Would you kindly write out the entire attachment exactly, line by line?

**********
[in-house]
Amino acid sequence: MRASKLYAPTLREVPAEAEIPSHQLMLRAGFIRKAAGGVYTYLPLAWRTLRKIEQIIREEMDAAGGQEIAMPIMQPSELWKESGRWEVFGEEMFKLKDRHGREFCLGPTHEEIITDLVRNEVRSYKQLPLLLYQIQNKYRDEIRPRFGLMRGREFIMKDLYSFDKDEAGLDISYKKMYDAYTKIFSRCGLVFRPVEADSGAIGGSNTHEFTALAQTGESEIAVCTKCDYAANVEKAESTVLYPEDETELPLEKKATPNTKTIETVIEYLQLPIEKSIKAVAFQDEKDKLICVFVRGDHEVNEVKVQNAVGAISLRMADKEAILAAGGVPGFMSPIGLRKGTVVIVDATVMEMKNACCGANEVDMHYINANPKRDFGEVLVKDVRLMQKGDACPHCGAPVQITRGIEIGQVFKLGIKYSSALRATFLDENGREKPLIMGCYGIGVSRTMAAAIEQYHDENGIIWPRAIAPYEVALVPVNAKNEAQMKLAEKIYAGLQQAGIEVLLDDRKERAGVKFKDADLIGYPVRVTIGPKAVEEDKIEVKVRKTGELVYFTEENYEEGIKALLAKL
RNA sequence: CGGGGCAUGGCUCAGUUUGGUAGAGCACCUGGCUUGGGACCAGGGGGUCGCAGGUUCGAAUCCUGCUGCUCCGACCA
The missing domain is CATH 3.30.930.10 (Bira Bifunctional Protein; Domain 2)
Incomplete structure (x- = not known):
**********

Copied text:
[in-house]
Amino acid sequence: MRASKLYAPTLREVPAEAEIPSHQLMLRAGFIRKAAGGVYTYLPLAWRTLRKIEQIIREEMDAAGGQEIAMPIMQPSELWKESGRWEVFGEEMFKLKDRHGREFCLGPTHEEIITDLVRNEVRSYKQLPLLLYQIQNKYRDEIRPRFGLMRGREFIMKDLYSFDKDEAGLDISYKKMYDAYTKIFSRCGLVFRPVEADSGAIGGSNTHEFTALAQTGESEIAVCTKCDYAANVEKAESTVLYPEDETELPLEKKATPNTKTIETVIEYLQLPIEKSIKAVAFQDEKDKLICVFVRGDHEVNEVKVQNAVGAISLRMADKEAILAAGGVPGFMSPIGLRKGTVVIVDATVMEMKNACCGANEVDMHYINANPKRDFGEVLVKDVRLMQKGDACPHCGAPVQITRGIEIGQVFKLGIKYSSALRATFLDENGREKPLIMGCYGIGVSRTMAAAIEQYHDENGIIWPRAIAPYEVALVPVNAKNEAQMKLAEKIYAGLQQAGIEVLLDDRKERAGVKFKDADLIGYPVRVTIGPKAVEEDKIEVKVRKTGELVYFTEENYEEGIKALLAKL
RNA sequence: CGGGGCAUGGCUCAGUUUGGUAGAGCACCUGGCUUGGGACCAGGGGGUCGCAGGUUCGAAUCCUGCUGCUCCGACCA
The missing domain is CATH 3.30.930.10 (Bira Bifunctional Protein; Domain 2)
Incomplete structure (x- = not known):